CFP: “Histories of Women in Film and Television: Then and Now.” A Hybrid Conference, July 10-11, 2021
Doing Women’s Film & Television History’s revised Call for Papers for 2021
“Histories of Women in Film and Television: Then and Now.” A Hybrid Conference: July 10 – 11, 2021 (virtual and on-campus).
Deadline: January 15, 2021
Supported by Women’s Film & Television History Network, this call for papers is made in collaboration with ‘Women and the BBC,’ a special themed issue of Critical Studies in Television.
Hosting of this conference is supported by Maynooth University, in Ireland, and ‘The Motherhood Project’ at Maynooth University.
The year 2020 has caused a great deal of sorrow, anxiety and difficulty across the world. With health and safety of paramount concern, conferences and research events – including the planned Doing Women’s Film and Television History conference – have been either impossible to hold in-person or, given the challenges presented by the need to sustain teaching and student welfare, deprioritized. As we look towards 2021, we understand that social distancing measures and travel limitations will possibly continue. With this in mind, we plan to host a hybrid conference as an outlet for our research that will enable us to share our scholarship with others, form connections and offer potential for collaboration. If national and institutional public health measures allow, the conference will combine on-campus and virtual events. While virtual conferences present new technical and communicative challenges, we also see the opportunities that this type of conference affords. Not requiring travel, it both reduces expense and can broaden networks of scholars.
The conference will be formed of pre-recorded talks, virtual live panels, live workshops, keynote talks with Q&As, and where possible, on-campus events. The conference is formed of two areas: 1) following the cancellation of this year’s ‘Doing Women’s Film & Television History 5’, we seek papers for the revised 2021 format that reflect the themes of diversity and transnationalism listed below; 2) in anticipation of the BBC centenary, we seek research on histories of women and the BBC, both past and in the making. Each strand is detailed below. If your proposals offered for the 2020 conference fall into either of these strands, please feel free to resubmit.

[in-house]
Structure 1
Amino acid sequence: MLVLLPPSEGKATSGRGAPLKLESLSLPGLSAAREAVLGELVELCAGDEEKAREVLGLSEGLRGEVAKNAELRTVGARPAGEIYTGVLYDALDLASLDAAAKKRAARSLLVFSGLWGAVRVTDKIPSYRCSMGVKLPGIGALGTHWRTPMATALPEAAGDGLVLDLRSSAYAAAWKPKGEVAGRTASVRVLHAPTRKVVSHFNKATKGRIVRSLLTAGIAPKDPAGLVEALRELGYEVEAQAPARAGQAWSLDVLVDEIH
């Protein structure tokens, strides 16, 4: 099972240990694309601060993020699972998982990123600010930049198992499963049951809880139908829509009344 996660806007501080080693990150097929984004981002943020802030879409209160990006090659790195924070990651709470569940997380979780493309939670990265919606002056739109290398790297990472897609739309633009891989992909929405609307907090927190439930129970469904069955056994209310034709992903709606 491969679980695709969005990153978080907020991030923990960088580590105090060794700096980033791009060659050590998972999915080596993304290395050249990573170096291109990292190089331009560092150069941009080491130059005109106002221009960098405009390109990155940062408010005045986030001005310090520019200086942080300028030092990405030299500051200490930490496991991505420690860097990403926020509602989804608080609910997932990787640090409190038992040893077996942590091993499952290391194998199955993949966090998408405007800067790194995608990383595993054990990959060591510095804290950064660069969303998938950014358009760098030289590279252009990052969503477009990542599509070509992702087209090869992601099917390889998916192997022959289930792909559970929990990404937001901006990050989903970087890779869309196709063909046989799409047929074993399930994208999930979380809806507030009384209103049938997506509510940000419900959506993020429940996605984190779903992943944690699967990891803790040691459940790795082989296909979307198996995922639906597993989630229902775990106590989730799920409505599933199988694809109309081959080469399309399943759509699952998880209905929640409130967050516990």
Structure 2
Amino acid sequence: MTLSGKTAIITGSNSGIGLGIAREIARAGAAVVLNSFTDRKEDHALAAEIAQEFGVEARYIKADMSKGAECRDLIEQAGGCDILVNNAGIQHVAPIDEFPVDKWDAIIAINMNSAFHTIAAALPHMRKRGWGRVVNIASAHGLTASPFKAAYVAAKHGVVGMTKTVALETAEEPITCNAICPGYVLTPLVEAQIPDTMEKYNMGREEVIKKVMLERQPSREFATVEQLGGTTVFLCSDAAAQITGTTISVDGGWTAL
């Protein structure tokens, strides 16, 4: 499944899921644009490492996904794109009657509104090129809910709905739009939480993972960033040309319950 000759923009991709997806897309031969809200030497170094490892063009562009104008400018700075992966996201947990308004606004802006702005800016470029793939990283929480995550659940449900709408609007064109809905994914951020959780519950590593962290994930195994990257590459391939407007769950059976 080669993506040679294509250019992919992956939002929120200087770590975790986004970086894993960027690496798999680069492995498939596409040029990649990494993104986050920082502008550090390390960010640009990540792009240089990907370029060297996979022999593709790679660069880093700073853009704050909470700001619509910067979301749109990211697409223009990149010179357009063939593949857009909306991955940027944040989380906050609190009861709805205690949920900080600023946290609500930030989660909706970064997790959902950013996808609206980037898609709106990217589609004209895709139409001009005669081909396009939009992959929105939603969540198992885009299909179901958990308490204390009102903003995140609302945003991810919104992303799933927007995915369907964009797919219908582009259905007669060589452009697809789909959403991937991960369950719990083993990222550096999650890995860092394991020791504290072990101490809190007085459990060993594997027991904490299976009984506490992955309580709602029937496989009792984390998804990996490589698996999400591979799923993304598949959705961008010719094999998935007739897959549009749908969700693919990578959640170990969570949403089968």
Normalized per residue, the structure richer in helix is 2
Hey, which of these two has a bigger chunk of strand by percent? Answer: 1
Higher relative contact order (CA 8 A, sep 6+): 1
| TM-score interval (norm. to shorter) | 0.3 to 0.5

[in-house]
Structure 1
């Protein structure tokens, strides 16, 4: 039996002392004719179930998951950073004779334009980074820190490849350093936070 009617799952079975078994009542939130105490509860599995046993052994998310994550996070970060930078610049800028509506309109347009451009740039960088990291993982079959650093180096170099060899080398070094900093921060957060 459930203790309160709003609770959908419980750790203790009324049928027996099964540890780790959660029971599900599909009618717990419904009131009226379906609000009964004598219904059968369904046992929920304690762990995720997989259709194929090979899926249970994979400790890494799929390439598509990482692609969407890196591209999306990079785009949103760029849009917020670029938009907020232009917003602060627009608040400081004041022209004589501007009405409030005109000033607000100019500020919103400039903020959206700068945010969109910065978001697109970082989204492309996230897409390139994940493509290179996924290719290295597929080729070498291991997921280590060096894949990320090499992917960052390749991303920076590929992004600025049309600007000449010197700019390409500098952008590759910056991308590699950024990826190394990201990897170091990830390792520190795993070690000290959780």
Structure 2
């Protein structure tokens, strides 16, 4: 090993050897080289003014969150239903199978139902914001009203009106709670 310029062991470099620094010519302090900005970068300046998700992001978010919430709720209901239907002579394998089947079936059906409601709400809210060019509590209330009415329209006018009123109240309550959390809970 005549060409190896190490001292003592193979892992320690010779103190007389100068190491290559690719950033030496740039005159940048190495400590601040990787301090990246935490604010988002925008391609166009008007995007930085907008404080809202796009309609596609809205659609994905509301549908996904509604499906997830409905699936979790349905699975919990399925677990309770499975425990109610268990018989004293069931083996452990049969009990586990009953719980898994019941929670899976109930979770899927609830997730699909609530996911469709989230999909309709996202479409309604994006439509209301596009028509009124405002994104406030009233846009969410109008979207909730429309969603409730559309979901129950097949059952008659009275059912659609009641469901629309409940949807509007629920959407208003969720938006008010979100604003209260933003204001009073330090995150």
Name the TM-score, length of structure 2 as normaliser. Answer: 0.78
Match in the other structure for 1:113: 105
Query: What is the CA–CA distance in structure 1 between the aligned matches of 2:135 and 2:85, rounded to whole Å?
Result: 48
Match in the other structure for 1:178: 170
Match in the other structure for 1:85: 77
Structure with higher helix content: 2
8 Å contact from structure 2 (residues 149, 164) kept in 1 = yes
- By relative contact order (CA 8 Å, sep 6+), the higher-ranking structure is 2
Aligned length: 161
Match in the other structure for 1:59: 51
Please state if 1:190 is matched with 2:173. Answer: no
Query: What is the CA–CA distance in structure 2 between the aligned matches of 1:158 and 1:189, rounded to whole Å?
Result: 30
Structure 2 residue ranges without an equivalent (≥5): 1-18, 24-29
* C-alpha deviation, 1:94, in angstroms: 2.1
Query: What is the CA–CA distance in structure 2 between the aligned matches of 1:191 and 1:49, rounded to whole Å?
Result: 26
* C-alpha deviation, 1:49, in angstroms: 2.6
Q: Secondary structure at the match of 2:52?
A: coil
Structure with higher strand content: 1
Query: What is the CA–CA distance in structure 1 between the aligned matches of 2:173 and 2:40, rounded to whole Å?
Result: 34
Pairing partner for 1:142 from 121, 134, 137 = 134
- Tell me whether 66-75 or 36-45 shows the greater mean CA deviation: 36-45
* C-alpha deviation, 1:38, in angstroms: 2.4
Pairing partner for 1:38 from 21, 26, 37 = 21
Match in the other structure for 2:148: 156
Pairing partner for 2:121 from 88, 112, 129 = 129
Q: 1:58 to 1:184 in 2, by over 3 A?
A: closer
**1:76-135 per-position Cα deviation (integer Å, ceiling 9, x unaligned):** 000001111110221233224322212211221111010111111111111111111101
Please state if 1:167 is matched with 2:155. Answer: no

1. Doing Women’s Film & Television History goes virtual
We are interested in topics focusing diversity and transnational histories, including but not limited to:
• Women’s film and television histories at the margins of institutions and of research
• Global women’s film and television histories
• Researching women in film and television during the pandemic and times of crisis
• International and comparative perspectives on women in film and television
• Histories of women’s creative practice, production and technical work in various national, regional, or local contexts, including transnational film and television, migration and diasporas
• Approaches to histories of women’s indigenous production, including Third Cinema and grassroots film and television production
• Motherhood and film and televisions’ working practices
• Histories of motherhood represented in film and television
• Debates and controversies in women’s film and television histories
Please submit proposals of 250 words along with the paper’s title and a 50-word biography in one Pdf document to firstname.lastname@example.org by January 15th 2021.
2. The BBC at 100: Women and the BBC, then and now
Recent controversies around equal pay, misogynistic abuse towards BBC personalities and a lack of female representation at the top of the corporation suggest that the institution has far to go in matters of gender equality. How might we characterise the relationship between corporate and on-screen representation of women? And how has the BBC responded to changing socio-cultural attitudes and discourses defining women over time?
We are particularly interested in contributions that address the historical and contemporary stories of female workers at the BBC; that analyse how BBC programming gives representation to women’s lives, serves female audiences or explores experiences of genders and sexualities.
Selected papers will be invited to publish in the special themed issue of Critical Studies in Television in Autumn 2022 on ‘Women and the BBC’.
Please submit proposals of 250 words along with the paper’s title and a 50-word biography in one Pdf document to email@example.com, Hannah.Andrews@edgehill.ac.uk and firstname.lastname@example.org by January 15th 2021.
Visit the conference website for more information.